Data from: Exploring a Pool-seq only approach for gaining population genomic insights in non-model species
Kurland, Sara et al. (2021), Data from: Exploring a Pool-seq only approach for gaining population genomic insights in non-model species, Dryad, Dataset, https://doi.org/10.5061/dryad.q1h4k0n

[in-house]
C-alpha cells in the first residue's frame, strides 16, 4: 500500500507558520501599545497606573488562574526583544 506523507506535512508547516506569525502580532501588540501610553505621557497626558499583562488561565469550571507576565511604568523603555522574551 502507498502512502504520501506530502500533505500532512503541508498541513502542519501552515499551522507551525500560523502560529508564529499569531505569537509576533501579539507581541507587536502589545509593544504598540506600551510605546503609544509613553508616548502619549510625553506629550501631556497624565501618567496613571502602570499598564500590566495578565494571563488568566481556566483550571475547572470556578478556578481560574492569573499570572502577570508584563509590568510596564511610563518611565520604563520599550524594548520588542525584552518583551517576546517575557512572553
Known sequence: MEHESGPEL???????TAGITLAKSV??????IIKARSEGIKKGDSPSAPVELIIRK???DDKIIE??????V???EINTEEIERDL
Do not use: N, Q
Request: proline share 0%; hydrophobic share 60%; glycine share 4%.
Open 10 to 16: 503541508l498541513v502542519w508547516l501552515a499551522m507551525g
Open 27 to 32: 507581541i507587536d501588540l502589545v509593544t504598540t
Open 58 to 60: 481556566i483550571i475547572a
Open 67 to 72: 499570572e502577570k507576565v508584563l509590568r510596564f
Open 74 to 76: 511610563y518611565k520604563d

Developing genomic insights is challenging in non-model species for which resources are often scarce and prohibitively costly. Here, we explore the potential of a recently established approach using Pool-seq data to generate a de novo genome assembly for mining exons, upon which Pool-seq data is used to estimate population divergence and diversity. We do this for two pairs of sympatric populations of brown trout (Salmo trutta); one naturally sympatric set of populations and another pair of populations introduced to a common environment. We validate our approach by comparing the results to those from markers previously used to describe the populations (allozymes and individual based SNPs) and from mapping the Pool-seq data to a reference genome of the closely related Atlantic salmon (Salmo salar). We find that genomic differentiation (FST) between the two introduced populations exceeds that of the naturally sympatric populations (FST = 0.13 and 0.03 between the introduced and the naturally sympatric populations, respectively), in concordance with estimates from the previously used SNPs. The same level of population divergence is found for the two genome assemblies but estimates of average genic diversity differ (π ≈0.002 and π ≈0.001 when mapping to S. trutta and S. salar, respectively), although the relationships between population values are largely consistent. This discrepancy might be attributed to biases when mapping to a haploid condensed assembly made of highly fragmented read data compared to using a high-quality reference assembly from a divergent species. We conclude that the Pool-seq only approach can be suitable for detecting and quantifying genome wide population differentiation, and for comparing genomic diversity in populations of non-model species where reference genomes are lacking.